—Not all science is good science. You know how the little trope about how women’s brains are smaller than men’s was used for more than a century to support the idea that women are intellectually inferior to men? That’s bad science and it’s dangerous because it perpetuates dangerous biases. You’ll find equally incendiary-to-our-ears biases about other minorities in old textbooks. Blacks are such-and-such, Jews are such-and-such, Gays are such-and-such, all with the same result: it dehumanizes the group and by making them Less Than, thus giving society permission to treat them without basic human decency. There’s a lot of bad science out there that will “support” popular ideas. Don’t swallow them wholesale.
—Fat people can be healthy, check out the Health at Every Size community. Or heck, check out my friend Kerrie and all the women like her who run marathons and triathlons as a big girl. Are you really going to call someone who can run 26 miles unhealthy? Crazy yes, but not unhealthy.
—Don’t kick someone when they’re down.
Listen, Ms Kelly, the reason I’m not laying into you is because I’ve been where you are.
I’ve made an ass out of myself in print before. I said I didn’t want to look like a tranny in a pretty major publication. It was a cheap throwaway joke and because I’m so vocal about my support for GLBT issues –I’ve even driven the big convertible in a pride parade– it didn’t even occur to me that I’d offend anyone.
Wrong. I got hate mail by the bucket.
It took a bizarre personal experience of having my OWN gender questioned –and I’m just this side of Jessica Rabbit on the femininity spectrum so imagine MY surprise– for me to realize how wrong I was. I can’t know what it’s like to be born in the wrong gender. I can’t know the pain of coming out, either as gay or transgendered and having my entire world turn against me –or feel like it– just because I want to live my life honestly, and because I can’t know I have no business talking about it or making high-handed moral declarations about it.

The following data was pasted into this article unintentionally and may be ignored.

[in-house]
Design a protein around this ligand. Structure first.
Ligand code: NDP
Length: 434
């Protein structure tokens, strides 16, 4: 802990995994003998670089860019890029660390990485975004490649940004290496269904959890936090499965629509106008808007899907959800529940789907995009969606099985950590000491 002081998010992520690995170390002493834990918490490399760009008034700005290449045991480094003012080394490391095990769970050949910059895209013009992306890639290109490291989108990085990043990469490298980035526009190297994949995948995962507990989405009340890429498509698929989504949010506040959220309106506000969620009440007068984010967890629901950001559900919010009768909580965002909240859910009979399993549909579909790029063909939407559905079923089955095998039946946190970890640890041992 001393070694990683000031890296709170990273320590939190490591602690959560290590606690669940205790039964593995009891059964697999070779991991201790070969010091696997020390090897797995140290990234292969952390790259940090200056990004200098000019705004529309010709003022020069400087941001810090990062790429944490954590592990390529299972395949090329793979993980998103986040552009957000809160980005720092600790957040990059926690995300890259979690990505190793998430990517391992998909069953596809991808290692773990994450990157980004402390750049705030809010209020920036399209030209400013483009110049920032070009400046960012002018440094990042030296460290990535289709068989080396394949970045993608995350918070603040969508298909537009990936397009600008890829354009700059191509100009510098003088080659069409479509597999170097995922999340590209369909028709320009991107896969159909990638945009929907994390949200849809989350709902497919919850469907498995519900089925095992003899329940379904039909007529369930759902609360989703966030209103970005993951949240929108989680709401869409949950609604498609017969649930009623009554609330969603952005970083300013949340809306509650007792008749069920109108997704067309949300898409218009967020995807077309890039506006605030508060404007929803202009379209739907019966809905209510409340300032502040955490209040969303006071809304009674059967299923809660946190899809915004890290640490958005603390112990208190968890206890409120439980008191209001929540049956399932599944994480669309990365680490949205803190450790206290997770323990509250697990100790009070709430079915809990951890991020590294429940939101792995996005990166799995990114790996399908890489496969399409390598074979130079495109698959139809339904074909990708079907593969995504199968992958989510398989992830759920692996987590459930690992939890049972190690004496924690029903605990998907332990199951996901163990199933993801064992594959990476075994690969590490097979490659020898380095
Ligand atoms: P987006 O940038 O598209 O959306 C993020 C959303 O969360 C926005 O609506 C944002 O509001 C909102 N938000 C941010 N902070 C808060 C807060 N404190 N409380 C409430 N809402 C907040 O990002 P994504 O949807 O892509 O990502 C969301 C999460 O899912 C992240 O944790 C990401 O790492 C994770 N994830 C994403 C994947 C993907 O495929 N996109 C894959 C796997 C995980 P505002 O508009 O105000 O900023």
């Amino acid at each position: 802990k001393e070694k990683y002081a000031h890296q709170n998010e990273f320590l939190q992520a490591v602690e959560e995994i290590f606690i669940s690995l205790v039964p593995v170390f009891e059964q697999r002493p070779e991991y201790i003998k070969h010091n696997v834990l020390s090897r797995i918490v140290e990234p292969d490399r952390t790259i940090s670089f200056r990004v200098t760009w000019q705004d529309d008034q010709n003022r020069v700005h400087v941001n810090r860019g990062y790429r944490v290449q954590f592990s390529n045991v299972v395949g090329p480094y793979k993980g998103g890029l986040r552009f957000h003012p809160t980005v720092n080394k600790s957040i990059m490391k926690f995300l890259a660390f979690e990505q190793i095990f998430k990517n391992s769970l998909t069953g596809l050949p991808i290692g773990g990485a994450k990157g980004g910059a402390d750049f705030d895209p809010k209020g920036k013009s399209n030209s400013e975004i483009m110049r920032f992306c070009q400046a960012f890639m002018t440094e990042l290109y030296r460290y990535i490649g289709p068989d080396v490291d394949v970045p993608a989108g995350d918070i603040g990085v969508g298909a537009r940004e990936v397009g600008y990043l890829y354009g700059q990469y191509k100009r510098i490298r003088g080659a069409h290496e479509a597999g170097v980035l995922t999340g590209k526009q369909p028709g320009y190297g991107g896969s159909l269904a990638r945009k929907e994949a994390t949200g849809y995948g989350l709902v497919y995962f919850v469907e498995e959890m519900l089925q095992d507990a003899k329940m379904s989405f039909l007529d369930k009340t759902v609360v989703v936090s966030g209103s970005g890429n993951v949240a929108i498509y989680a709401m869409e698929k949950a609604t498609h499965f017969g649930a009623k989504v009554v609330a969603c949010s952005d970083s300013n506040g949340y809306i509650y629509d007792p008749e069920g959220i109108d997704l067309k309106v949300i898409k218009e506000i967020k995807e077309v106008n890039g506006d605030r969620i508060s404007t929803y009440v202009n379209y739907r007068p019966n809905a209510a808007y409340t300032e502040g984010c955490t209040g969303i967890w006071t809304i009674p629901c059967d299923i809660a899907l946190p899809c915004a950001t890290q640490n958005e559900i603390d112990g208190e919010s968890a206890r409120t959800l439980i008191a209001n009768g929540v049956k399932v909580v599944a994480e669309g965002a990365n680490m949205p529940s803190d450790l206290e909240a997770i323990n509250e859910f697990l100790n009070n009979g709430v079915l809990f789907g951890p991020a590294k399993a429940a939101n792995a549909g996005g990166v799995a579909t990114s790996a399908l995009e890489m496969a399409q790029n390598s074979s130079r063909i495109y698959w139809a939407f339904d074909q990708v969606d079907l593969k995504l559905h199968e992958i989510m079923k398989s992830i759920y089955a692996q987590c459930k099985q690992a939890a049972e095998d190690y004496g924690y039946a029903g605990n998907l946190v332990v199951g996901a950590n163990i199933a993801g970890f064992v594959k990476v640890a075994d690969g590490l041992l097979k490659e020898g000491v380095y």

You can’t know what it’s like to live as a fat girl in a world where fat girls are treated as less than fully human. You just can’t. All we can do is empathize and do our best to remember that everyone wants the same thing: to be loved and happy, just as they are.
What you did was dangerous and hurtful.
It was stupid too, but I don’t really care about the stupid part. I do stupid stuff all the time. Generally I’m smart enough not to publish my stupidity, but hey everybody makes mistakes.
You know first hand what it’s like dealing with an eating disorder. Do you have any idea how many of my readers –not to even think about the Fat World in general– are recovering from eating disorders and have gotten fat because their metabolic system has been permanently damaged? Do you have any idea how easy it is to slip back into disordered eating and the psychological shame spiral? I have a feeling you do. I also have a feeling that you know what a trigger is. Your little post was a great big trigger for a lot of people, I guarantee it.
Finally let me make this clear: It truly doesn’t matter to me what you think of the way I look. You don’t hold any power or authority by right of your thinness. My life is great. I’ve got a great job, oodles of fans, love, happiness, flawless tits and a freakin’ Birkin I didn’t have to pay for. I’m doing Just Fine.
What does matter to me is that you learn something.
This ugly situation can be a great jumping-off point for an open and honest exploration of your fairly apparent body issues. With any luck this will lead you to be a little more thoughtful about the reasons behind your body image issues and help you develop a more loving relationship with your own body. Other people don’t need to be bad to make you feel good. Other people don’t need to be ugly for you to be beautiful. It’s not a zero-sum game. Never has been. Your bio says you’re in your 30s and have never been in love. That’s unfortunate too, but not surprising. If you don’t love yourself, regardless of measurements, how are you going to love anybody else? Think about it sweetheart, and try to get better.
Gin and tonics,